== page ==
I just got back from Boston, and boy are my feet tired!
I wanted to say thank you to everyone of you who came by and said hello while we were at the New England Pen Show. There were a lot of familiar faces, and lots of new ones, too. It was wonderful being able to put a face with the name (and to hear all of the delightful New England accents!). In fact, I actually had the pleasure of meeting what just may be my sole blog subscriber. And you know who you are!
As I reported earlier, I got into Boston (Woburn, actually) on Friday afternoon. Within a few hours of unpacking, I was on my way to Newton to have dinner with some distant relatives who heard I was in town and wouldn't take no for an answer. Which, as it turned out, was lucky for me, because the food was excellent and the conversation, like the wine, seemed never to stop flowing.
The next day, I groggily woke up and got ready for the show. Unfortunately, in my haste to leave Michigan the day before, I forgot to bring my own home-roasted coffee and had to make do with the swill from Folger's that was "compliments" of the hotel. Yecch!
Craig and I made it to the show shortly after 8 am and began setting up our tables. Ron Zorn and Richard Binder were the only ones there, so we chatted for a bit while Craig did all the heavy lifting (ain't it grand being the boss?). This seemed like a good time for Ron to repair some pens for me as well, so I had him work on a few for me - a Parker "51", an Esterbrook, a Vacumatic and a Skyline all needed varying degrees of restoration. If you've never done business with Ron, you owe it to yourself to do so - he's not only an excellent pen repair person, but he is a true gentleman. Visit Ron's site at www.mainstreeetpens.com
Saturday was mostly trading amongst other dealers. Since I sell new pens, this meant that my tables were unnervingly slow on the financial side. But this also gave me the opportunity to catch up with old friends and meet new ones. A couple of notables were Susan Wirth and her assistants Neville and Ian. Ian graciously agreed to pull guard duty so the vendors wouldn't have to break down Saturday night and set up again on Sunday. Thanks, Ian! Ian is an accomplished blogger in his own right, so check out his stuff at http://danandsteveshow.com.
I also got to meet Krysta and Artur from the New England Pen People and Off the Bench Furniture (www.offthebenchfurniture.com). Art is a furniture maker who has recently started offering outstanding hand-made pen chests. Not only does he offer some "stock" pieces, but he'll do custom work to accommodate any of your pen needs, from a desk top case holding 10 pens, to a stand-alone chest that can hold a thousand of them. His workmanship was top notch and I was really impressed by a couple of his designs. You never know, I may just start offering them for sale at the Pear Tree Pen Company!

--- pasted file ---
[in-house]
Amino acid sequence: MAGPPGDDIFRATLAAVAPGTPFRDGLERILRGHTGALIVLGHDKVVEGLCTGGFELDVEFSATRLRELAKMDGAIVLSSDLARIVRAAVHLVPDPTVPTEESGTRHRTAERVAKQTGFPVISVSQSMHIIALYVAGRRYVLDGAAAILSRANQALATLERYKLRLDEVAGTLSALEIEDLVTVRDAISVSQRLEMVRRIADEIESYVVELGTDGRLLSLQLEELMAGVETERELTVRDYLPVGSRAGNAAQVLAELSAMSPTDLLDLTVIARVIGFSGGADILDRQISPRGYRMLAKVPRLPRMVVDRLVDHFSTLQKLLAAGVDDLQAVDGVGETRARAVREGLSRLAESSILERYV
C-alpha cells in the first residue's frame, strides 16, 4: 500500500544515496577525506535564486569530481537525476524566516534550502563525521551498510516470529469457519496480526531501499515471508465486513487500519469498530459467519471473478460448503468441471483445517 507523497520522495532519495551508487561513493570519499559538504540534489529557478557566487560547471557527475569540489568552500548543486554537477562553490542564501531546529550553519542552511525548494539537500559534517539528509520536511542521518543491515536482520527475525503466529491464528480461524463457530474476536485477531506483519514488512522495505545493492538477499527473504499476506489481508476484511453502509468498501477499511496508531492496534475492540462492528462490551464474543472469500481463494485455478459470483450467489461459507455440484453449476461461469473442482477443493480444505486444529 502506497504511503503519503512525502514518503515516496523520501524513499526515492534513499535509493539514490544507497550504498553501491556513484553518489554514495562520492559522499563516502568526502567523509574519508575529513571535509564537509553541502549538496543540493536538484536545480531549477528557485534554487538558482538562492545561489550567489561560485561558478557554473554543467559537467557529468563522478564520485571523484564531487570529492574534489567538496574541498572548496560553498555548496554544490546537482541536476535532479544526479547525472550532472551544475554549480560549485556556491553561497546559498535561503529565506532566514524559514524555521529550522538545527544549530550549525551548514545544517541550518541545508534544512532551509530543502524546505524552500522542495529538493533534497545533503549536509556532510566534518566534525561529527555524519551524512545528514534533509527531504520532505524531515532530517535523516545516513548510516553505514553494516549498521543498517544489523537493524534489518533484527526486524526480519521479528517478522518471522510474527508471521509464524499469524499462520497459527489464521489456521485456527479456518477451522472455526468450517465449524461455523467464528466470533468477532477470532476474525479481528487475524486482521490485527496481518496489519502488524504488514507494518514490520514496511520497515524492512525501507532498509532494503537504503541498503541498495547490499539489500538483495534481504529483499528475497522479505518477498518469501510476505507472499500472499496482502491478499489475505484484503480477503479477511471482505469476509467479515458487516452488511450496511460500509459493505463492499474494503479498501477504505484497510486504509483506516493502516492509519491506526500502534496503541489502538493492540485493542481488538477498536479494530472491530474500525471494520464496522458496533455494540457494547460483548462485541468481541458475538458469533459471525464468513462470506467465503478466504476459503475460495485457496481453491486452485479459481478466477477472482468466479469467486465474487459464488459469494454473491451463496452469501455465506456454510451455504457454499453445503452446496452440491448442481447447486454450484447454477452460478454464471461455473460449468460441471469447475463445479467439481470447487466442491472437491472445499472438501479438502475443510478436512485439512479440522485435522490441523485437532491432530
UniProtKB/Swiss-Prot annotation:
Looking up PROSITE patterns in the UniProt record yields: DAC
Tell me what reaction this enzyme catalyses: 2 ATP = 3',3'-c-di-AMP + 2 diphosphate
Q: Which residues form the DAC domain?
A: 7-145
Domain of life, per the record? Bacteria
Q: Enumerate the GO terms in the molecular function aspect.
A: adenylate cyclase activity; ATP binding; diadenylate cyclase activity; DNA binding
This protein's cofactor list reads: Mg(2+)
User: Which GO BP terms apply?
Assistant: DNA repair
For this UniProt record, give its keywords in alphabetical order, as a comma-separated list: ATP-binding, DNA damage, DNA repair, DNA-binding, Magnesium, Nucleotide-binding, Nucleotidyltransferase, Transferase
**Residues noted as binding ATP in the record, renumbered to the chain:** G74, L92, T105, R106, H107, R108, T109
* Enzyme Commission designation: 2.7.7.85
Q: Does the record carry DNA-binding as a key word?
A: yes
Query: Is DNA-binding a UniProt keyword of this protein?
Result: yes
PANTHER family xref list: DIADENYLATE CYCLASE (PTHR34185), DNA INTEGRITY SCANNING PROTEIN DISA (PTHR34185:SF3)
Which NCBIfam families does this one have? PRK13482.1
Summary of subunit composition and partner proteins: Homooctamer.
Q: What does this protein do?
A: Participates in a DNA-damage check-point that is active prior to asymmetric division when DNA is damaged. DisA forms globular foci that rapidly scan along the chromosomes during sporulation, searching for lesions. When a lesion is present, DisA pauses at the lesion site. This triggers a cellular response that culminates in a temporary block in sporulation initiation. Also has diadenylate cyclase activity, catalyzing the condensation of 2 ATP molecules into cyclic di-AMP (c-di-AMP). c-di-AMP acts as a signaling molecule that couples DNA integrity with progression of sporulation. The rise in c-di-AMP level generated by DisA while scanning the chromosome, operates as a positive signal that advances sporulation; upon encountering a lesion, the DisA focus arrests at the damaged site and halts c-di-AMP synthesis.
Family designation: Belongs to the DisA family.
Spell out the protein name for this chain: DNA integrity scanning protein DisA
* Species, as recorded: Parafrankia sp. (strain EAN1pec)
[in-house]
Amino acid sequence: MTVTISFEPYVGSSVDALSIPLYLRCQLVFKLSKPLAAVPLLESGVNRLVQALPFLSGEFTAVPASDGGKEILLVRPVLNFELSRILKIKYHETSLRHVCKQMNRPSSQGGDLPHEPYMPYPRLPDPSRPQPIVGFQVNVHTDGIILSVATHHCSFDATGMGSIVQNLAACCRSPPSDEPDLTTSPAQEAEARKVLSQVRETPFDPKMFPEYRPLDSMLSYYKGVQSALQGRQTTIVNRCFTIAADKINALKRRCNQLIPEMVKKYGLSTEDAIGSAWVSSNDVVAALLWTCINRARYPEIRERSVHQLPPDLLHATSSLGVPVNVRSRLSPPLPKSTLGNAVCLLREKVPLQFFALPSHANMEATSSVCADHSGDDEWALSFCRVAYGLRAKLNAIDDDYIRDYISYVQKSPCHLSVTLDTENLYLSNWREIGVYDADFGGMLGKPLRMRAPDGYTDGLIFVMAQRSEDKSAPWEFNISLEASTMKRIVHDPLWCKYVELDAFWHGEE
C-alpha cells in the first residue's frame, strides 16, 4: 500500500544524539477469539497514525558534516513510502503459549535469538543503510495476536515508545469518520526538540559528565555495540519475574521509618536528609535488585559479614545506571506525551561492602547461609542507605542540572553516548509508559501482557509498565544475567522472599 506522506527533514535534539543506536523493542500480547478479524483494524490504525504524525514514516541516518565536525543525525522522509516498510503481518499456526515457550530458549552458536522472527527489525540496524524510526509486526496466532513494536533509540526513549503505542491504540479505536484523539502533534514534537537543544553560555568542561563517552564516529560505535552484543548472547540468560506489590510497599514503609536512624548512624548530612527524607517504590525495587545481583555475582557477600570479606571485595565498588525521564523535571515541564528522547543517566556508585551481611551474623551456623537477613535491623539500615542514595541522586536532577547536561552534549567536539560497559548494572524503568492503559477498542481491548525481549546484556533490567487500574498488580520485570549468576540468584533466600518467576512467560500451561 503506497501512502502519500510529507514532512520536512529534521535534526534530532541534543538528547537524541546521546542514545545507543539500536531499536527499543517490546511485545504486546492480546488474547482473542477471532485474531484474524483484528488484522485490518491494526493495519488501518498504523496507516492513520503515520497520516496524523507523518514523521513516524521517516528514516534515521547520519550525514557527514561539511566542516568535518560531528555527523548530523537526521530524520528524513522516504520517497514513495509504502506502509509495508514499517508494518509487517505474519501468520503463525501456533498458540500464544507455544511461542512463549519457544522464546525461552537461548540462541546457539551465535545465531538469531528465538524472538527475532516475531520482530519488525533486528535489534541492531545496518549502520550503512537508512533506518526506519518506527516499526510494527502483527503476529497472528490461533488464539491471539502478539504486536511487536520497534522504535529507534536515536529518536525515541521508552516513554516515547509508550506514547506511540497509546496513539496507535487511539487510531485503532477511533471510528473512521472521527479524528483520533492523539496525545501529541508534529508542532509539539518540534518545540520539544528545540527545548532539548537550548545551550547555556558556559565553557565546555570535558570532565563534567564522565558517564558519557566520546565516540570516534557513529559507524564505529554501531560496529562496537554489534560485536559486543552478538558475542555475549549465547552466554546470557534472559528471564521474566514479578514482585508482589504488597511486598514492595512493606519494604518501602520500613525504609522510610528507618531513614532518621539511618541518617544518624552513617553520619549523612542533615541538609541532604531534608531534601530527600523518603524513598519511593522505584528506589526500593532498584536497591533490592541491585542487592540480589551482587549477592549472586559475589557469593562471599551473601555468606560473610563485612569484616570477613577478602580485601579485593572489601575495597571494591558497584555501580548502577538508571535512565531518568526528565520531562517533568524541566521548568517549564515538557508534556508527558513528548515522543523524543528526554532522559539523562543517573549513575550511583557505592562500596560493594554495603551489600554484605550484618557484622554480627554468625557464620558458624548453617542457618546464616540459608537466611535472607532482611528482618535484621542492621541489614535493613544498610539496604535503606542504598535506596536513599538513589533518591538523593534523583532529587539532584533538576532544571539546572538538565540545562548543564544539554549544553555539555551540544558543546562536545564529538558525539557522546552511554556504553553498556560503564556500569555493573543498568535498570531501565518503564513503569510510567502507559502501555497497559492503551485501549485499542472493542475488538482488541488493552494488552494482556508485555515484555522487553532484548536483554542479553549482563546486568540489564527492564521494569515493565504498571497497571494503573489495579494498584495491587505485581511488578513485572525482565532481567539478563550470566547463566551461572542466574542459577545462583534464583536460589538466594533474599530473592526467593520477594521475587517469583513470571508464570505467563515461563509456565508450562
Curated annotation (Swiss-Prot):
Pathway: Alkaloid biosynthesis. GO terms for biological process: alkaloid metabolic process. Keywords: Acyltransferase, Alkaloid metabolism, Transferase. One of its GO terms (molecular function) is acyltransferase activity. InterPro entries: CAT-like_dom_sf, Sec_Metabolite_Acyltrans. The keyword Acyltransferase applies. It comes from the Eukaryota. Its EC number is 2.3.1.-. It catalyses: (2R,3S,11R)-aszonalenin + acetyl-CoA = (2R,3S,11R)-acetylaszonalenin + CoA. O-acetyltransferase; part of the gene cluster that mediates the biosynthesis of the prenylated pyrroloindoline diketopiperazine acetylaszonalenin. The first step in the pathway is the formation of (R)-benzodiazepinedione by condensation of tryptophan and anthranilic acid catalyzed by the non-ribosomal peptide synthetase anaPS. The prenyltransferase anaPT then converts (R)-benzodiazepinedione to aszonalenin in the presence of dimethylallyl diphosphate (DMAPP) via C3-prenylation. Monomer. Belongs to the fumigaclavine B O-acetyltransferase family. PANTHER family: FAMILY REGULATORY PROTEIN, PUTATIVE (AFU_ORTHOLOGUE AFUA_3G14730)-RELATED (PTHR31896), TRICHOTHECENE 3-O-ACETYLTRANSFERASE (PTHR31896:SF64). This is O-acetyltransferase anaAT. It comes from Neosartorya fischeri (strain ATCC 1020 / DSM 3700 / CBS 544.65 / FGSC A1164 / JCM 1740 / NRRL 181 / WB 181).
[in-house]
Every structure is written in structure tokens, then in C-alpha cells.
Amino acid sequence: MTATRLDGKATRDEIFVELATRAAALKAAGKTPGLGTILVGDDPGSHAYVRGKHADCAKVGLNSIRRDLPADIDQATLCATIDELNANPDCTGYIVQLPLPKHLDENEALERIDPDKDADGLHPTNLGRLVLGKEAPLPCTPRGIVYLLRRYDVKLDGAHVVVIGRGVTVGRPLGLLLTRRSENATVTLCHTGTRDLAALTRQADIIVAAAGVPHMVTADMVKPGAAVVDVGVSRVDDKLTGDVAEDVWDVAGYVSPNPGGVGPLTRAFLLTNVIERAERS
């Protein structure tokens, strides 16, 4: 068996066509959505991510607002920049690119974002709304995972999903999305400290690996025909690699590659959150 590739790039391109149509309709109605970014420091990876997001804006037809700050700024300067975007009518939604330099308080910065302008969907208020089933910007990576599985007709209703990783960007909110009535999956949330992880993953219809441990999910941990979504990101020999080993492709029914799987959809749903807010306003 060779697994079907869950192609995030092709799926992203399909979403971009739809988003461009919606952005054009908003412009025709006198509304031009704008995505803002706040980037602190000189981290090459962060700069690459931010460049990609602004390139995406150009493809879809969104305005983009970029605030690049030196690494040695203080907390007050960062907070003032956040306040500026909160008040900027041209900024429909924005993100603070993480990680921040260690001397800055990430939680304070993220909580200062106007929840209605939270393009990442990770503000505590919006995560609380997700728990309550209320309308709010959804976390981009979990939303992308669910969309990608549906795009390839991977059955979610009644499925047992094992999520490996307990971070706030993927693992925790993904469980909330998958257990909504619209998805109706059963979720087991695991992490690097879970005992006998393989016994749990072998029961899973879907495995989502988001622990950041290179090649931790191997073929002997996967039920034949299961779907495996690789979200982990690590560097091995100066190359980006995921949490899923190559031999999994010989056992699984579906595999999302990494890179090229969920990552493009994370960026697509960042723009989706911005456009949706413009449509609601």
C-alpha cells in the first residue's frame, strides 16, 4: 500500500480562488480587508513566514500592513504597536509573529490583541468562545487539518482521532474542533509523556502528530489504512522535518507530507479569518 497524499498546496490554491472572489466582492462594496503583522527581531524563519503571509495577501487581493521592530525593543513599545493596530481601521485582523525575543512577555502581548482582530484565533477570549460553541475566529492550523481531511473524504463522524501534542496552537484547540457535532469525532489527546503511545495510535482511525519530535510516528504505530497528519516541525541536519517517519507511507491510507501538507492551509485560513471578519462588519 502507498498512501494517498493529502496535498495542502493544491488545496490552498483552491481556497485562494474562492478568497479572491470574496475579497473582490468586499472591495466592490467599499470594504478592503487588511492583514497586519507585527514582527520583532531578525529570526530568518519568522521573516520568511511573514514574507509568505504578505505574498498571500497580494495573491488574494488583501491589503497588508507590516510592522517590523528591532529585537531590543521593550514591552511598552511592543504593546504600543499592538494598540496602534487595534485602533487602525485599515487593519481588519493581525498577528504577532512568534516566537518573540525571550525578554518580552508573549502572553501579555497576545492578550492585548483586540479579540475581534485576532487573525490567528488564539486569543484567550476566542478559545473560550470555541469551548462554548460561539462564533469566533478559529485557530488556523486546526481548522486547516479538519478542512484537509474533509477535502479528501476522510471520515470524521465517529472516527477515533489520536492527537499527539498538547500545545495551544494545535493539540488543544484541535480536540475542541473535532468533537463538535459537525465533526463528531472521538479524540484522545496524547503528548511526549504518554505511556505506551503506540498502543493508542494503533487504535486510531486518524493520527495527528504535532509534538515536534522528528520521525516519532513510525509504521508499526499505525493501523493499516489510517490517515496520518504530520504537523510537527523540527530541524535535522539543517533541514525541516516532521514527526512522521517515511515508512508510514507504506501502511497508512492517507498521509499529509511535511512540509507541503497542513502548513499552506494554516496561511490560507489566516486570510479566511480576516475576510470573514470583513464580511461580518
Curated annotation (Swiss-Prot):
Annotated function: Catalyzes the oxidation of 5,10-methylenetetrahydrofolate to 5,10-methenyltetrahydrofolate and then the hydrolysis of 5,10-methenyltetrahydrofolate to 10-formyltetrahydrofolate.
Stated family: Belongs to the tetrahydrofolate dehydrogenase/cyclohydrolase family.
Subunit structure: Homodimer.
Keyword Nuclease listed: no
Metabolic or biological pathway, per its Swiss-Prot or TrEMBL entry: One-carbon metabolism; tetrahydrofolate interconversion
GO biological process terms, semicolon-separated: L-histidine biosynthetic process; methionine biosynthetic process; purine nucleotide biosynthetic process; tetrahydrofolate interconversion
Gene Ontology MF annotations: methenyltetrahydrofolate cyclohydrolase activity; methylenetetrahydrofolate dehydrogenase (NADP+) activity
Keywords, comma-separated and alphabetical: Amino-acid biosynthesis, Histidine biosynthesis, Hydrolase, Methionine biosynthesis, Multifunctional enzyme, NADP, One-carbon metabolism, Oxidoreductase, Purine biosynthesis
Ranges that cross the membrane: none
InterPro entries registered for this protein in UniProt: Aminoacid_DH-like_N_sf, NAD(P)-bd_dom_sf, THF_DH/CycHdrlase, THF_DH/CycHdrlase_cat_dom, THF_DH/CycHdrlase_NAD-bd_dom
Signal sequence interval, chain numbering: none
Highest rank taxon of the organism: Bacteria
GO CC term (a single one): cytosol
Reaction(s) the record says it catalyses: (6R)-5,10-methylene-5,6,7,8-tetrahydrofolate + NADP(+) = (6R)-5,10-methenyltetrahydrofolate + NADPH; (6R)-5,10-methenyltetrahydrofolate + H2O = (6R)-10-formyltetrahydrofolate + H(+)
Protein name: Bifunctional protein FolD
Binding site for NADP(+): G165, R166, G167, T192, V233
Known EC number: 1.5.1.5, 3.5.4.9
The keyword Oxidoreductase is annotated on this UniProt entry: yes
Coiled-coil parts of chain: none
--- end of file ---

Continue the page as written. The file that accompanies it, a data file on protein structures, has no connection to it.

Also on Saturday, I had the pleasure of meeting one of my customers who flew in from California, ostensibly to show his son some college in New York, but I know he was really there for the fountain pens.
Saturday night, all of the pen folks were gathering for a group dinner, but I had another social obligation that prevented me from attending. We headed out to Framingham for dinner at Legal Seafood, while the rest of the group went elsewhere.
Sunday came and we started all over. When the doors opened at 10 am, it was chaos - a wonderful, exciting chaos, but chaos nonetheless. I didn't sit down until at least 4 or 5 pm. Many lucky people walked away with fantastic deals on pens such as the Sailor Sapporo, Lamy 2000, or Visconti Van Gogh, or on paper from Clairefontaine, Exacompta and Rhodia. Bottled fountain pen ink from Diamine and Omas was also extremely popular.
As I said, we were busy. Really busy. In fact, we were the last table to break down and people were still trying to buy paper, pens and ink while Craig loaded up the van for our long trip home (again, that boss thing!).
Driving out of Boston on Sunday was relatively easy until we hit the Berkshires - the rain started before we left the city, but up at that altitude, the temperature dropped pretty quickly and the roads started to get icy. We pushed on for a while before we finally decided to call it a night somewhere around Utica, New York. The next morning, we woke up to about a foot of snow on the ground and all we had on our feet were sandals (we tend to pack lightly at pen shows). We drove on through near blizzard conditions until the storm finally broke west of Rochester, New York. After that, it was smooth sailing.
It is good to be home, but now I have to unpack the van and fill the multitude of orders that came in while I was away. And get ready for the Chicago show in two weeks.
See you there!